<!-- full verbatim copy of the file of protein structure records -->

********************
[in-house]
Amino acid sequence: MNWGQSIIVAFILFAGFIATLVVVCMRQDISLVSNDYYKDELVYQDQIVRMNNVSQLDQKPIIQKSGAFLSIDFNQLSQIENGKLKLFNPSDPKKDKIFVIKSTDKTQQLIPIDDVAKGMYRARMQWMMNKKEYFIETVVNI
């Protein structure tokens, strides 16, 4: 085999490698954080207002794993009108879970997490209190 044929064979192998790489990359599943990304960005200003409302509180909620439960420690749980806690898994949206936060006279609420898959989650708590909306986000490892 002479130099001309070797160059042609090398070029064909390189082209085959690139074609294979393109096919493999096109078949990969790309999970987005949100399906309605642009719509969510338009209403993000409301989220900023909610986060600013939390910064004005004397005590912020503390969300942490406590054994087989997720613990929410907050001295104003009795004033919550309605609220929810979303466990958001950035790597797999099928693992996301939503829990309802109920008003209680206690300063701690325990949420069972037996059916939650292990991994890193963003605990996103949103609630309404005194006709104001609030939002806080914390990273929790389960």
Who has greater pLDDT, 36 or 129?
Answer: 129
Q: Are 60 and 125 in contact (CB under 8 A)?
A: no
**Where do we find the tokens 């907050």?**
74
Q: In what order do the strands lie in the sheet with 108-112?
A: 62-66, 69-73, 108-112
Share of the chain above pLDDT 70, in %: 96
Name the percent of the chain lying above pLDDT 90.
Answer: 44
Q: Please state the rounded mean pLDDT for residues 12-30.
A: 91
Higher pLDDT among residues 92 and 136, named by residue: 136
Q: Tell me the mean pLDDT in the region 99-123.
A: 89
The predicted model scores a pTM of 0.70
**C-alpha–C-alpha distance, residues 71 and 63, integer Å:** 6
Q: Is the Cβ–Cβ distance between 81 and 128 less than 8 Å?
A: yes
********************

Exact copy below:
[in-house]
Amino acid sequence: MNWGQSIIVAFILFAGFIATLVVVCMRQDISLVSNDYYKDELVYQDQIVRMNNVSQLDQKPIIQKSGAFLSIDFNQLSQIENGKLKLFNPSDPKKDKIFVIKSTDKTQQLIPIDDVAKGMYRARMQWMMNKKEYFIETVVNI
């Protein structure tokens, strides 16, 4: 085999490698954080207002794993009108879970997490209190 044929064979192998790489990359599943990304960005200003409302509180909620439960420690749980806690898994949206936060006279609420898959989650708590909306986000490892 002479130099001309070797160059042609090398070029064909390189082209085959690139074609294979393109096919493999096109078949990969790309999970987005949100399906309605642009719509969510338009209403993000409301989220900023909610986060600013939390910064004005004397005590912020503390969300942490406590054994087989997720613990929410907050001295104003009795004033919550309605609220929810979303466990958001950035790597797999099928693992996301939503829990309802109920008003209680206690300063701690325990949420069972037996059916939650292990991994890193963003605990996103949103609630309404005194006709104001609030939002806080914390990273929790389960």
Who has greater pLDDT, 36 or 129?
Answer: 129
Q: Are 60 and 125 in contact (CB under 8 A)?
A: no
**Where do we find the tokens 């907050």?**
74
Q: In what order do the strands lie in the sheet with 108-112?
A: 62-66, 69-73, 108-112
Share of the chain above pLDDT 70, in %: 96
Name the percent of the chain lying above pLDDT 90.
Answer: 44
Q: Please state the rounded mean pLDDT for residues 12-30.
A: 91
Higher pLDDT among residues 92 and 136, named by residue: 136
Q: Tell me the mean pLDDT in the region 99-123.
A: 89
The predicted model scores a pTM of 0.70
**C-alpha–C-alpha distance, residues 71 and 63, integer Å:** 6
Q: Is the Cβ–Cβ distance between 81 and 128 less than 8 Å?
A: yes